Insights for Internists: “I Want the Computer to Know Who I Am”
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In designing electronic personal health records (PHRs) and related health technologies, lay perspectives are rarely solicited, and we know little about what individuals want and need.
To learn how diverse, primarily lay individuals envision how PHRs and other emerging and future electronic technologies could enhance their care.
Qualitative study of eight focus groups with adult consumers, patients, and health professionals.
Eighty-two adult frequent Internet users who expressed interest in health-related matters and represented diverse populations and a broad demographic range.
Focus group transcripts were analyzed qualitatively, using behavioral and grounded theory, employing an immersion/crystallization approach.
Individuals expect technology to transform their interactions with the health-care system. Participants want computers to bring them customized health information and advice: “I want the computer to know who I am.” They desire unfettered access to their health record: “I don’t know if I want to read [my entire record], but I want to have it.” They expect home monitors and other technologies will communicate with clinicians, increasing efficiency and quality of life for patients and providers. Finally, especially for the chronically and acutely ill, privacy is of far less concern to patients than to health professionals.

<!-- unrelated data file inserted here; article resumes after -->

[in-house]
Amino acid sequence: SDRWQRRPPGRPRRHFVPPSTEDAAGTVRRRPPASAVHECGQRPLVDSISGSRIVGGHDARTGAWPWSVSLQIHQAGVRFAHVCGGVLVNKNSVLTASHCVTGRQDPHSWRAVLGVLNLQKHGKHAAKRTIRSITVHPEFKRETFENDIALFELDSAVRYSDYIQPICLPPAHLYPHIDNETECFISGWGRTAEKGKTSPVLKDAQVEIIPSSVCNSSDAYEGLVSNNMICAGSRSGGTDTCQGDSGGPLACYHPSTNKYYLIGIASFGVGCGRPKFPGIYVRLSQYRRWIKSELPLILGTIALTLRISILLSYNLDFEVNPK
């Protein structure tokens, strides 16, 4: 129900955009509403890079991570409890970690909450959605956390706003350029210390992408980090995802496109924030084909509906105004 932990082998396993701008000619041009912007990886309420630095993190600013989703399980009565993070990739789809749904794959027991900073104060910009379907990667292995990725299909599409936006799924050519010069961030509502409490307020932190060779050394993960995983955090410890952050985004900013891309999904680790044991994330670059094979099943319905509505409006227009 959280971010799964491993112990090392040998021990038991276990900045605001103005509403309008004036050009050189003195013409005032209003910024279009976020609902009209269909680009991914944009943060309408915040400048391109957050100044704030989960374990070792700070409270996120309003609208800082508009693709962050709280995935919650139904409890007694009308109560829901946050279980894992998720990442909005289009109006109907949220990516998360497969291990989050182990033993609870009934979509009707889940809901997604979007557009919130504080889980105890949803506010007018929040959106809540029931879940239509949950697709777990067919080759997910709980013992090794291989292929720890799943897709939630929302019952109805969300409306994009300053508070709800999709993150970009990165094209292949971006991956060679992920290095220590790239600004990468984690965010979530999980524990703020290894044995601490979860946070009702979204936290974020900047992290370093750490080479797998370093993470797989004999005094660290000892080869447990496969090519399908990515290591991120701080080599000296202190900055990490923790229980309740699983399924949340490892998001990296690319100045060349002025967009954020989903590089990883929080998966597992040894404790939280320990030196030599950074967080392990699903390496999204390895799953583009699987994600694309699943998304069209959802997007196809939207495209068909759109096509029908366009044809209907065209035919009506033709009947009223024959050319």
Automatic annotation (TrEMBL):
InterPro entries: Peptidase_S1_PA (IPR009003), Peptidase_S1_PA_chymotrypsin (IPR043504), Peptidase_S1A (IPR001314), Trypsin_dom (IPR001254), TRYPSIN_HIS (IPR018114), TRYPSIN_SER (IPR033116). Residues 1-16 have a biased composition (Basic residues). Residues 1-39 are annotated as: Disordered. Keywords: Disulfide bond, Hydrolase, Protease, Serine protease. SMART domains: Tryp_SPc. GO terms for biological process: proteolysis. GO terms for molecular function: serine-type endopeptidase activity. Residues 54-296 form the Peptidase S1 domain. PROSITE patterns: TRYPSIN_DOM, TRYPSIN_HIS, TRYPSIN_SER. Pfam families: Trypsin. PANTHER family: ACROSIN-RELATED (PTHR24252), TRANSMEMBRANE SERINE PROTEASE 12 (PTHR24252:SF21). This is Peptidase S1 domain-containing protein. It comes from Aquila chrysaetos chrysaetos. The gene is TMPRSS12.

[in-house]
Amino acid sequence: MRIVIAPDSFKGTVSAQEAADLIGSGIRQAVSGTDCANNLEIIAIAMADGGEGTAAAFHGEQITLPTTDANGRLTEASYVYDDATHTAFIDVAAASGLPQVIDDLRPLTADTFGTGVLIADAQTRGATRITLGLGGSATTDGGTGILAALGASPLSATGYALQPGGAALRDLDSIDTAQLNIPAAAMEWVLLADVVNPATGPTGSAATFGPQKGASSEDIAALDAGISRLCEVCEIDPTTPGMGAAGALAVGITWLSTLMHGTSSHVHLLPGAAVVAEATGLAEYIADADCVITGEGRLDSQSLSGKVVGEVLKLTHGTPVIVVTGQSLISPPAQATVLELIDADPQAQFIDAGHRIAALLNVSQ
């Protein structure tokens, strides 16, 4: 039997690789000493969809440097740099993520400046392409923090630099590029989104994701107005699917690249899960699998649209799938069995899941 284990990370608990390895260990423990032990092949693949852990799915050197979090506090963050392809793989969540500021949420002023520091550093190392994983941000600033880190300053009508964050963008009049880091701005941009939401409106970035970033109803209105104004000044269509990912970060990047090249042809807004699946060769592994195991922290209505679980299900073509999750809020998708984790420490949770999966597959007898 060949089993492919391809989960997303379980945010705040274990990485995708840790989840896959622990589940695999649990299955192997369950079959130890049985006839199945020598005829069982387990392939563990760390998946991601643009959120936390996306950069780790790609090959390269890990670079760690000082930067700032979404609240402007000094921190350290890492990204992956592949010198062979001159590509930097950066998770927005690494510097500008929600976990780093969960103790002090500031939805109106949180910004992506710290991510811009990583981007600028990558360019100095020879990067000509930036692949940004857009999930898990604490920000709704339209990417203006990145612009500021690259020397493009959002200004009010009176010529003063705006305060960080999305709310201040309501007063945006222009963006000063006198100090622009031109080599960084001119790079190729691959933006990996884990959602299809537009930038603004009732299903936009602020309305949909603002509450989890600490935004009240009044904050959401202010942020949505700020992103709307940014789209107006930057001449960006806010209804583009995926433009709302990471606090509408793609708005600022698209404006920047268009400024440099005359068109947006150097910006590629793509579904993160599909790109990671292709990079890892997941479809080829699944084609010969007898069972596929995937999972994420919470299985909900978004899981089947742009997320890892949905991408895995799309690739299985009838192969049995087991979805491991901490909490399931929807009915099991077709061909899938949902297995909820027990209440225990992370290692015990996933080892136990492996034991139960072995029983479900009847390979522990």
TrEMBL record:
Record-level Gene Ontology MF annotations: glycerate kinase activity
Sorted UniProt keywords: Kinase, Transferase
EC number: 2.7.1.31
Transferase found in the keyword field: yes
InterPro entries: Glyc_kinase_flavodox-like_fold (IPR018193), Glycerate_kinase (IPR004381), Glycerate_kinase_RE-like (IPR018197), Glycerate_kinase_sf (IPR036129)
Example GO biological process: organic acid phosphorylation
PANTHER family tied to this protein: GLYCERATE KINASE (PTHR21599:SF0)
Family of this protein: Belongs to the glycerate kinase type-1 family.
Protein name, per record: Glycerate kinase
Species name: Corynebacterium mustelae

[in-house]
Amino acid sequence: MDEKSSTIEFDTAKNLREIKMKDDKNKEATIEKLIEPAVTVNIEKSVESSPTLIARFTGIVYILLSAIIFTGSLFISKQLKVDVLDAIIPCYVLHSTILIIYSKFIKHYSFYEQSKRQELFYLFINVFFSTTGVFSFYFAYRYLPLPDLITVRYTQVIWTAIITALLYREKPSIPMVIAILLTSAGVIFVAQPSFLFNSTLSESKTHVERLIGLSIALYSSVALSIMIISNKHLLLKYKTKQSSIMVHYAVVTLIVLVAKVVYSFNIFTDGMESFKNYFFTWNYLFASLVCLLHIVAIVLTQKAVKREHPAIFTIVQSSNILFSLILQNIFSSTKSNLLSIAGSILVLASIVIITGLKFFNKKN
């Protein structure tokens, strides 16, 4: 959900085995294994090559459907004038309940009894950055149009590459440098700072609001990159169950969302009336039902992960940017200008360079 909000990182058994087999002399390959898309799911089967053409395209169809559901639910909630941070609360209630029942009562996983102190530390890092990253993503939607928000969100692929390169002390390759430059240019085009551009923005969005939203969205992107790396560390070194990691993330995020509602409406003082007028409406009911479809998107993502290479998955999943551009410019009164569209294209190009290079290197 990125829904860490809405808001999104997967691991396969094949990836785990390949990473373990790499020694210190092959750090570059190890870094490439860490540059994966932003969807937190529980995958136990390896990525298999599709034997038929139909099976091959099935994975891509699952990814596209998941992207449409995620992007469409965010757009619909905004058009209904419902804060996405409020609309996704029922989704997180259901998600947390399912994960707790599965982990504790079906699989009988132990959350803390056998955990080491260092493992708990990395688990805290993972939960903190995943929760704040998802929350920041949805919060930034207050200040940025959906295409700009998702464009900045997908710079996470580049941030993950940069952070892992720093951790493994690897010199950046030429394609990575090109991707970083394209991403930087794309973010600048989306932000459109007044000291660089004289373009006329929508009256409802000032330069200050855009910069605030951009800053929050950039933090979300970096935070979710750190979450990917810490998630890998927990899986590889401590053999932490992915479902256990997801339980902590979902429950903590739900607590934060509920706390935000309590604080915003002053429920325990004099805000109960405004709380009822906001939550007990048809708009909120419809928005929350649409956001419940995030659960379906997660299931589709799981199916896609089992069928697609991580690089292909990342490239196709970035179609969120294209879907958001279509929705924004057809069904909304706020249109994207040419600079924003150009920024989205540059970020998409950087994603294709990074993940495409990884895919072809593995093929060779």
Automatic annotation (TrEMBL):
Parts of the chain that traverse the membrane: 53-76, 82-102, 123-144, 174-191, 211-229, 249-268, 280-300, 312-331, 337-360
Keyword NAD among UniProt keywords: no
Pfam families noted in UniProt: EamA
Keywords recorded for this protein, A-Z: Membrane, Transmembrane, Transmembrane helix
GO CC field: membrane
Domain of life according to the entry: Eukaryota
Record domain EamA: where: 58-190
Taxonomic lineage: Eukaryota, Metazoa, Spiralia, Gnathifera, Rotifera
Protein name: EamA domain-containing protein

Focus group participants have dynamic ideas about how information and related technologies could improve personal health management. Their perspectives, largely absent from the medical literature, provide insights that health professionals may lack. Including a diverse array of individuals throughout the process of designing new technologies will strengthen and shape their evolution.
KEY WORDShealth information technology patient preferences personal health records
This work was presented in part at the SGIM Annual Meeting in 2007.
The authors gratefully acknowledge the consumers and health professionals who participated in groups; Lloyd Simon, Barry Orenstein, and Cambridge Focus who convened and led consumer groups; and Nadine Farag and Anna Mattson-DiCecca who contributed research assistance.
This study was supported by a grant from the Robert Wood Johnson Foundation.
Conflict of Interest
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